Terps Eager For 1st 'Game Environment' Test

Maryland opens its exhibition season Nov. 1 against San Francisco State at 2 p.m. at the Comcast Center.

In exactly two weeks Maryland’s 2014-15 regular season will commence against Wagner in College Park, Md., but the Terps do have two exhibitions leading up to the opener. The first of which is Nov. 1 against San Francisco State at 2 p.m. at the Comcast Center, giving UMD fans their first glimpse at the new-look Terps, who have a new point guard, center and guard/wing to pair with mainstays Dez Wells (14.9 points per game last year) and Jake Layman (11.7 points per game).

“We’re playing two public scrimmages this year, which I think that’s good for this team, to get in front of crowds and be in that environment as we get ready for the regular season,” said Maryland head coach Mark Turgeon, whose team finished 17-15 last season. “We’ve had good practices, [and] guys are continuing to get a little bit better.”

Turgeon still didn’t know his starting five as of mid-afternoon Oct. 31, although he acknowledged Wells, Layman and freshman point Romelo Trimble would likely be among the first five. Sophomore center/power forward Damonte Dodd will probably man the post, with Jonathan Graham rotating in. And with Evan Smotrycz out with a broken foot (Turgeon did not update his status, simply saying he’s “coming along”), transfer guard Richaud Pack should see plenty of minutes, along with freshmen Jared Nickens and Dion Wiley.

“I’ll see how practice goes [Oct. 31] and meet with my staff,” Turgeon said. “We’ll play multiple guys, and have multiple lineups [Nov. 1].”

The Terps’ headman said he’s seen an uptick defensively from his squad. Maryland struggled on that end of the floor in 2013-14, allowing their ACC foes to score almost 69 points per game, to shoot 42 percent from the floor, and to average 35 rebounds per game.

“Defensively we’ve worked hard… hopefully we can play well on that end of the floor [Nov. 1],” Turgeon said. “We still have work to do; we’re a work in progress. Rebounding is something we’ve talked about a lot.”

"Coach Turgeon has preached, preached, preached that defense is going to be our main objective the whole year,” Trimble said on media day. “At first, we were like, ‘We’re all scorers and we just want to score and defense comes last,’ but now defense is a priority to us. Now defense comes first.”

One of the hot offseason topics, though, has been Maryland’s new offense, likely headed by the freshman Trimble. Turgeon implemented a pseudo-motion system this year, although he never really detailed exactly what that would entail. Nov. 1 should be fans’ first opportunity to see how Trimble and the Terps handle it. Maryland averaged just over 70 points, but turned the ball over almost 13 times a night and tallied only 11.6 assists per game last season, so regardless of what the offense looks like, Turgeon wants to see his team improve in those key areas.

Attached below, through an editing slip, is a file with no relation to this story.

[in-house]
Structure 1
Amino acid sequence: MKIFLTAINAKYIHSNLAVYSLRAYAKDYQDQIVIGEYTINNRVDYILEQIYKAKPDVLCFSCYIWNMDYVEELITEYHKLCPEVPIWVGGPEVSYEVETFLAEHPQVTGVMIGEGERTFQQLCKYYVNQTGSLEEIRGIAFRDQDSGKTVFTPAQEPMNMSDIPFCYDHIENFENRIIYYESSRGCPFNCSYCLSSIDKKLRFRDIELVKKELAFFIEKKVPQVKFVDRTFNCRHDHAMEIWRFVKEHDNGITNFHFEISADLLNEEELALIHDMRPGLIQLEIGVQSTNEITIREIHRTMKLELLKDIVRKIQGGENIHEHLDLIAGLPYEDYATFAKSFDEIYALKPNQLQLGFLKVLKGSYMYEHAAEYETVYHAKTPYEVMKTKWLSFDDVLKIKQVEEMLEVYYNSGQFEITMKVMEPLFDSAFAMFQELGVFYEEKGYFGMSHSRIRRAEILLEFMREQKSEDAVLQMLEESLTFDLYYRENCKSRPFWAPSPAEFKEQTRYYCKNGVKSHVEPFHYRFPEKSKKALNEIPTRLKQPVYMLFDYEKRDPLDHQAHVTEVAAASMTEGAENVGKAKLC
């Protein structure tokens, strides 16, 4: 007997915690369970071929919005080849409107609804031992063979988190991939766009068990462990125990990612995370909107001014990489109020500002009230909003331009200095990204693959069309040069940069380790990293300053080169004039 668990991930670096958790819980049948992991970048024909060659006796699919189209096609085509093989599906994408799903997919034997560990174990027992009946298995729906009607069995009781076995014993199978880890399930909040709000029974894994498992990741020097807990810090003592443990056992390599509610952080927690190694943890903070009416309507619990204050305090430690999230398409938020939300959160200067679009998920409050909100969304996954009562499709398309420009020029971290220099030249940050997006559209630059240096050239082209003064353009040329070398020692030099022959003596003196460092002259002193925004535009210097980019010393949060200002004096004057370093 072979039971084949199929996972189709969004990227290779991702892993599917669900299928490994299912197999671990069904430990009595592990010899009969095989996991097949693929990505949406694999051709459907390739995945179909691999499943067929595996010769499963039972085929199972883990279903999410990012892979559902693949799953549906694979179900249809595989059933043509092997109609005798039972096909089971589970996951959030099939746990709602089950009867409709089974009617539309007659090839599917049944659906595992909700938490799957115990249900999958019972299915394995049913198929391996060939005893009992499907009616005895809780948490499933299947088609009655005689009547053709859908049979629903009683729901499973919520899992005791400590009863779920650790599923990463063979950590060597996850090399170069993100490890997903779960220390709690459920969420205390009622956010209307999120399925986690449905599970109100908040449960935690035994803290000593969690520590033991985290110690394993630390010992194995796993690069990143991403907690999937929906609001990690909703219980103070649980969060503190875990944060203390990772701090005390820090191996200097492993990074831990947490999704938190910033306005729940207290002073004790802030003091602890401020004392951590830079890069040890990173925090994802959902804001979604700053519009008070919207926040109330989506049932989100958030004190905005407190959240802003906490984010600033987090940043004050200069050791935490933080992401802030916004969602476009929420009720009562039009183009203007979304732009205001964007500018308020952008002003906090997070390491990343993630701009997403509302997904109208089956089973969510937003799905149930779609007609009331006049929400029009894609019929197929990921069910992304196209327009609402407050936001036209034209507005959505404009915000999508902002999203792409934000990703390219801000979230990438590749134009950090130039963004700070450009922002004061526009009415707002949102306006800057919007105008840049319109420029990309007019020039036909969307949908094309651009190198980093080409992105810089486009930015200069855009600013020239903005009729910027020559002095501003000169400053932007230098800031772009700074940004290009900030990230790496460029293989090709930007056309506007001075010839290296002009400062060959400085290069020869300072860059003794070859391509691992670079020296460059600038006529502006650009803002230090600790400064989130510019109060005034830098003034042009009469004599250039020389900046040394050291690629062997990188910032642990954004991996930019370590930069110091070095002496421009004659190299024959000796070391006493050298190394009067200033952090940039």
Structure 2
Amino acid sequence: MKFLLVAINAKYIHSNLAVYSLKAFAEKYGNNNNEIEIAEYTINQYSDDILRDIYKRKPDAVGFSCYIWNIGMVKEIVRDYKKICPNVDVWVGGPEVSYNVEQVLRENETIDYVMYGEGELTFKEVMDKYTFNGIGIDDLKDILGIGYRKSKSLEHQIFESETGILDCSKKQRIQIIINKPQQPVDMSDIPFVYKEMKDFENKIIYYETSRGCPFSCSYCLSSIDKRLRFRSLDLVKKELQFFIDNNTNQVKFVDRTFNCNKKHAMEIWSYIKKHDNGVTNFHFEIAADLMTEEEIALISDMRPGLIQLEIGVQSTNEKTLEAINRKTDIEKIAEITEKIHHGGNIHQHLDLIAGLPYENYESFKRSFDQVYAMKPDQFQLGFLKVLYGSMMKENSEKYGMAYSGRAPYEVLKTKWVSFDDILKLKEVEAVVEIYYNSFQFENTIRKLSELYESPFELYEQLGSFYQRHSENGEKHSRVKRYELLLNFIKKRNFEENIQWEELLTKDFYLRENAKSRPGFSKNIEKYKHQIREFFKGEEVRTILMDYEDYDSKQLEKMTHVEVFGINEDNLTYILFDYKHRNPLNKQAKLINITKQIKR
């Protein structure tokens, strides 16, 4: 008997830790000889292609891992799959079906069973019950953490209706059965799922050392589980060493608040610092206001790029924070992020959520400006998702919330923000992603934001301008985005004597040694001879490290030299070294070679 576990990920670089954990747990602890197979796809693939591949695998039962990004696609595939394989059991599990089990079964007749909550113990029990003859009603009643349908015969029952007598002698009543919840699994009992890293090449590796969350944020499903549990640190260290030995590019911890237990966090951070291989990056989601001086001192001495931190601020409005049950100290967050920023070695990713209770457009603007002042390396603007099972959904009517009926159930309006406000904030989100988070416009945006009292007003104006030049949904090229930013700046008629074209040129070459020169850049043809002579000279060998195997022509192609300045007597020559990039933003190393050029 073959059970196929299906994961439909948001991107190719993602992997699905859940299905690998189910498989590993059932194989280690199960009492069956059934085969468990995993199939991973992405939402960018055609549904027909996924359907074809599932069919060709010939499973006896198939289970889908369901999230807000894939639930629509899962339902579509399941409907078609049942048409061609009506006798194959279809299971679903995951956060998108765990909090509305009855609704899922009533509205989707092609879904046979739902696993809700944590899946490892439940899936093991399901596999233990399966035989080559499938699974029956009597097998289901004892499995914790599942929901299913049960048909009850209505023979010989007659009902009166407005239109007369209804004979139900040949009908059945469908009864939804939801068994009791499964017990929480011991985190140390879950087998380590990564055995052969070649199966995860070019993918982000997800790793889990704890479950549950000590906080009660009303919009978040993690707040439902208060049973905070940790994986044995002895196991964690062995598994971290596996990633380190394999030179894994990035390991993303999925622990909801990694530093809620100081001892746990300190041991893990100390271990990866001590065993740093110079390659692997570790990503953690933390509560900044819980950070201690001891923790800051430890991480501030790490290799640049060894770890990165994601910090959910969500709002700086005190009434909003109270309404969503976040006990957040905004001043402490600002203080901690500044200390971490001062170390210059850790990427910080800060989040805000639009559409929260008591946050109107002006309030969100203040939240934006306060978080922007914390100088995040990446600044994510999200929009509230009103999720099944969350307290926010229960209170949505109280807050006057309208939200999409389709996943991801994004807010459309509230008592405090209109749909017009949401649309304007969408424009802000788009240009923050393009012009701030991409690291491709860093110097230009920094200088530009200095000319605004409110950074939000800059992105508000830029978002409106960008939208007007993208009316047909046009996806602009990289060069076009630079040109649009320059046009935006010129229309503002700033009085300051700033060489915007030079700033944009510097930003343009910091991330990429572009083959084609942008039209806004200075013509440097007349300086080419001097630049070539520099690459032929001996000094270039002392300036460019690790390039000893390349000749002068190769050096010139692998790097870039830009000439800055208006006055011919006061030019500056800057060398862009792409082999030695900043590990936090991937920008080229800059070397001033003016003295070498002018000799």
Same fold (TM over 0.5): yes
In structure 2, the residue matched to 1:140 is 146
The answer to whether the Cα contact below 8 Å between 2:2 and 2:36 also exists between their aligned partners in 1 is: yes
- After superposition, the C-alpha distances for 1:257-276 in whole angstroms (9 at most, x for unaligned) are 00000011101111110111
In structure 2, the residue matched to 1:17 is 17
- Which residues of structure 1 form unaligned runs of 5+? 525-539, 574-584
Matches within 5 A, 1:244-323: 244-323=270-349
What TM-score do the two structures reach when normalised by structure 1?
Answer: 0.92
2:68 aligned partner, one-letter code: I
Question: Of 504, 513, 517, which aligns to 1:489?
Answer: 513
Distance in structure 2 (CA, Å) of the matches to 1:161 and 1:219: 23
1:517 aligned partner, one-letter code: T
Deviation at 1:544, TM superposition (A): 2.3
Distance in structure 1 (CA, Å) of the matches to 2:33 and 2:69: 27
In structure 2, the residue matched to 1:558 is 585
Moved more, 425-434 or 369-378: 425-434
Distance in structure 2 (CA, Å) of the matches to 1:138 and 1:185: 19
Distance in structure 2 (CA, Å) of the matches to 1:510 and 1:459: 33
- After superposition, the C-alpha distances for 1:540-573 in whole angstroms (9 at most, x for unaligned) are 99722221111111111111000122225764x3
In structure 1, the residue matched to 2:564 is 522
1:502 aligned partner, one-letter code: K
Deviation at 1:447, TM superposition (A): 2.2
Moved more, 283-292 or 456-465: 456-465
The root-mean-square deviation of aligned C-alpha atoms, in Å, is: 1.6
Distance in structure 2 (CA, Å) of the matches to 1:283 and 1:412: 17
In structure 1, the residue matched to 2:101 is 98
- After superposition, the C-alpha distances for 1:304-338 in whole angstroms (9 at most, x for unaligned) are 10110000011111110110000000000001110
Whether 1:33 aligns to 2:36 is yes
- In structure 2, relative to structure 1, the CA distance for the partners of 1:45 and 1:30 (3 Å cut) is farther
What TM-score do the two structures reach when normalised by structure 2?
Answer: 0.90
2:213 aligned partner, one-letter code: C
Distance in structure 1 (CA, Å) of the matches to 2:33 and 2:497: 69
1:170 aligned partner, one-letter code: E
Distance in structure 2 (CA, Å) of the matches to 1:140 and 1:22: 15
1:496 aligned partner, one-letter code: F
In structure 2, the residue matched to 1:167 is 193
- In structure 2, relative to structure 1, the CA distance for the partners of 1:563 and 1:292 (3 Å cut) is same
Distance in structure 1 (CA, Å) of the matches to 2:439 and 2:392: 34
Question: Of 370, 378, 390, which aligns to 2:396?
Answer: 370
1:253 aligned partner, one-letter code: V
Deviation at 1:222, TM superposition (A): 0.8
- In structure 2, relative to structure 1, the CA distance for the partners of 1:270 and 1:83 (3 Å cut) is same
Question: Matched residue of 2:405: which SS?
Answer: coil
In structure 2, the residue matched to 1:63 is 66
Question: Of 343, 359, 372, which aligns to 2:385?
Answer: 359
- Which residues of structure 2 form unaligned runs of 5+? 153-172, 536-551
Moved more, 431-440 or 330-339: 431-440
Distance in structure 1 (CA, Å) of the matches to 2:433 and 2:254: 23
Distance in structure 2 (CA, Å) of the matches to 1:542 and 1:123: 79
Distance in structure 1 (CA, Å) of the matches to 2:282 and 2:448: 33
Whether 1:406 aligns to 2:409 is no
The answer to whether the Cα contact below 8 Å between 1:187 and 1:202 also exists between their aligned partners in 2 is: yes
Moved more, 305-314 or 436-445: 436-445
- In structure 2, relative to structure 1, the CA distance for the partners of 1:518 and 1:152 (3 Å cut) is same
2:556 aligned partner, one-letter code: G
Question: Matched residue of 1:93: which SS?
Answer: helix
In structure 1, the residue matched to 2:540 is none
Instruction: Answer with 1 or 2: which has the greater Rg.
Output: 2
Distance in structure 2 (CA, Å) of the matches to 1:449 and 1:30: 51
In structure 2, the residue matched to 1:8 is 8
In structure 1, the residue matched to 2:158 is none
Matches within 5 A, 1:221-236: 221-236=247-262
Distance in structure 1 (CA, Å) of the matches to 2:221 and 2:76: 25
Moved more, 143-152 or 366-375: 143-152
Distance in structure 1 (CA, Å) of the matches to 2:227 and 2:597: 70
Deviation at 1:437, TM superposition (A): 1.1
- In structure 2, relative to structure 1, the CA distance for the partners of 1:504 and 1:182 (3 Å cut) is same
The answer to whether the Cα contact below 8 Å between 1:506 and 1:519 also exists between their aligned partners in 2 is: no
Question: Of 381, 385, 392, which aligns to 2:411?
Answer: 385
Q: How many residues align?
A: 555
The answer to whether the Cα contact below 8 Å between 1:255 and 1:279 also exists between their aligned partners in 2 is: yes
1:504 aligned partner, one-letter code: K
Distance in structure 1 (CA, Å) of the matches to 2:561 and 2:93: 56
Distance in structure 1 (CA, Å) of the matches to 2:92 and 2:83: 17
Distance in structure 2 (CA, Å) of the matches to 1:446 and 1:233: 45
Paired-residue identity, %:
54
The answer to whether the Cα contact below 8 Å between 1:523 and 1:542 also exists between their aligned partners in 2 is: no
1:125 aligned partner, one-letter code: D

“I think we’ re making too much of the motion offense. We’re still running our sets, we’re still running our secondary breaks. [But] it allows our players to have spacing and it allows us to get everybody involved in the offense, which is key,” Turgeon said. “Whenever you put in a so-called motion offense – it’s not a true motion offense – it takes awhile to get used to it and understand it. But the guys have done a really nice job with it. The key, in any offense you run, is shot selection and taking care of the basketball, so hopefully that’s something we’ll be able to do.”

Trimble should help the Terps in the latter area, as he's focused on being a pass-first point guard. That said, he's still a freshman and will undoubtedly make his share of first-year mistakes.

“When I first got here, I was very passive. I wasn’t aggressive,” Trimble said on media day. “Coach Turgeon and the coaching staff told me that I need to score more. So as the summer went on, I started learning how to score and learning when to shoot the ball and when not to shoot the ball. Now, I’m playing just like myself.”

Maryland will test said offense against a San Francisco State squad that primarily plays zone. Turgeon admitted his Terps haven’t focused as much on attacking zone defenses in practice, so he’s curious to see how his team responds.

“We have worked on [zone], but we haven’t worked on it a lot. We’ll see a little bit of zone, a little bit of man [Nov. 1], so we’ll see how it goes,” Turgeon said. “They play multiple zones to try to get you [off] kilter. In the end you have to get second chance points, so hopefully we’ll rebound well [offensively].

“I do think we have a few more shooters [to beat a zone], but shooters have got to make the shots. We pass the ball well -- a lot of guys pass it well. That’s the key in any offense, a zone offense too.”

San Francisco State is coming off a 14-12 campaign and lost its top four leading scorers. Their leading returner is senior forward Udun Osakue, a 6-6, 200-pounder who averaged 6.7 points and 4.5 rebounds last year.

The opponent, though, isn’t as much of a concern for the Terps. Mainly, Turgeon wants to see his players develop chemistry, continue to make strides on both ends of the floor and to carry over practice habits into a game environment.

“I think you want to play somewhat like you’ve been practicing. What I mean by that is being consistent. If you’re sharing the ball well in practice, you want that to continue. If you’re communicating well on defense in practice, you want that to continue in the game. If you’re a great help defense team in practice, you want that to continue,” Turgeon said. “We don’t want to see game slippage. You’re going to have [slippage], because guys are a little bit nervous and it’s a different environment. But just stay close to the way we’ve been playing in practice and settling in and getting used to it.

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